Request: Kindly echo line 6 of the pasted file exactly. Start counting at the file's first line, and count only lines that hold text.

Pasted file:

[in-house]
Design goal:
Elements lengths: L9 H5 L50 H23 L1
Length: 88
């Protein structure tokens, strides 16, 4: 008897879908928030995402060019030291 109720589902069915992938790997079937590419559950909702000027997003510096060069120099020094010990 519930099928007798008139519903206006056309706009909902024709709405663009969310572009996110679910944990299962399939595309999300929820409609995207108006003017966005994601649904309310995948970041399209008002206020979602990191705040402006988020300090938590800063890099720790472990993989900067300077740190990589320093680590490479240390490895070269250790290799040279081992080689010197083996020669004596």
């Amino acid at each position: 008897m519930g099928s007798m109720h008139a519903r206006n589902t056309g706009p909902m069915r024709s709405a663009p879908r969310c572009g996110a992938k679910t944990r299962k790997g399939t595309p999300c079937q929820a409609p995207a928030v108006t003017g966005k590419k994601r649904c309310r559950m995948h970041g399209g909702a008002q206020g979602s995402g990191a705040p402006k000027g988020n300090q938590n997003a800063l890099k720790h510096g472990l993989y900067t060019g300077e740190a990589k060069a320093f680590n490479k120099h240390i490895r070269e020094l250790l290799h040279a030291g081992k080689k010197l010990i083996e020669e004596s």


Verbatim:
């Amino acid at each position: 008897m519930g099928s007798m109720h008139a519903r206006n589902t056309g706009p909902m069915r024709s709405a663009p879908r969310c572009g996110a992938k679910t944990r299962k790997g399939t595309p999300c079937q929820a409609p995207a928030v108006t003017g966005k590419k994601r649904c309310r559950m995948h970041g399209g909702a008002q206020g979602s995402g990191a705040p402006k000027g988020n300090q938590n997003a800063l890099k720790h510096g472990l993989y900067t060019g300077e740190a990589k060069a320093f680590n490479k120099h240390i490895r070269e020094l250790l290799h040279a030291g081992k080689k010197l010990i083996e020669e004596s």